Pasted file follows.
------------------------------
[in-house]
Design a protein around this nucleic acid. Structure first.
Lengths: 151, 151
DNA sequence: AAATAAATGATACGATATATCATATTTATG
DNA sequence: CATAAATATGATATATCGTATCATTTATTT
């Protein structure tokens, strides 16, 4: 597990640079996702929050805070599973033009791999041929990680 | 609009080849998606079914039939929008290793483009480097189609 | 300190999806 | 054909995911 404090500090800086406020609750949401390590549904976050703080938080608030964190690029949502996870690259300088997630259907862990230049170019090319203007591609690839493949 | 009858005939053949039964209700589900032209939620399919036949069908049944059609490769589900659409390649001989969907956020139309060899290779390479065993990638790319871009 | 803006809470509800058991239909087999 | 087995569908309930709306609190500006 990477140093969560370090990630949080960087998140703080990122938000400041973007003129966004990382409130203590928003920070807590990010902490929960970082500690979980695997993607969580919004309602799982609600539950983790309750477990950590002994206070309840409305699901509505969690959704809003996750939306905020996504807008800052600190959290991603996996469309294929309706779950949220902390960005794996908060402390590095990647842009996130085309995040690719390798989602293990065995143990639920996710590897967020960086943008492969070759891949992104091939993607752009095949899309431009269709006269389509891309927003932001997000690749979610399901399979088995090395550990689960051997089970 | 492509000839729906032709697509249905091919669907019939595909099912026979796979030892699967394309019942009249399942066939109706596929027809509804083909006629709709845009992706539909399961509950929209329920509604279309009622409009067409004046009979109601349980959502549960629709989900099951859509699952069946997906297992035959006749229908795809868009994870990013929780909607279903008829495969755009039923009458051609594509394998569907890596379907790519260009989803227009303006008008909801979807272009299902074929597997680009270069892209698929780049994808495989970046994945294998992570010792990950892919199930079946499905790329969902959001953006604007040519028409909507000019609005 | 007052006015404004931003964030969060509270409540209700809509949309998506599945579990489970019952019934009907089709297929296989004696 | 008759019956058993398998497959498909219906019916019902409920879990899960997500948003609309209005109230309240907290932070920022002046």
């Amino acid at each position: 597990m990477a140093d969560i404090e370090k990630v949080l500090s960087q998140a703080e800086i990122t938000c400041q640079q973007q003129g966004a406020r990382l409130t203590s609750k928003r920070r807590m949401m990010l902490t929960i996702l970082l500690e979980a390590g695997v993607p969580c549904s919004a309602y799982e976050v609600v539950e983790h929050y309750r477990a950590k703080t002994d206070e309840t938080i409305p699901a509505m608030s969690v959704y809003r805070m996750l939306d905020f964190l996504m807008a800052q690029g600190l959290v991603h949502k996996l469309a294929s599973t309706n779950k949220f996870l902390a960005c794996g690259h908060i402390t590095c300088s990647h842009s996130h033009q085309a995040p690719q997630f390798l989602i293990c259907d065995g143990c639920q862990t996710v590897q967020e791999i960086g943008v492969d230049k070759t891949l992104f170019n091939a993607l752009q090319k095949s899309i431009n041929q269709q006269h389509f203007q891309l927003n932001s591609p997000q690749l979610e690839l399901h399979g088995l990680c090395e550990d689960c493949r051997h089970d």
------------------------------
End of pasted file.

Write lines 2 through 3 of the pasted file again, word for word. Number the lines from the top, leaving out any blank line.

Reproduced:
Design a protein around this nucleic acid. Structure first.
Lengths: 151, 151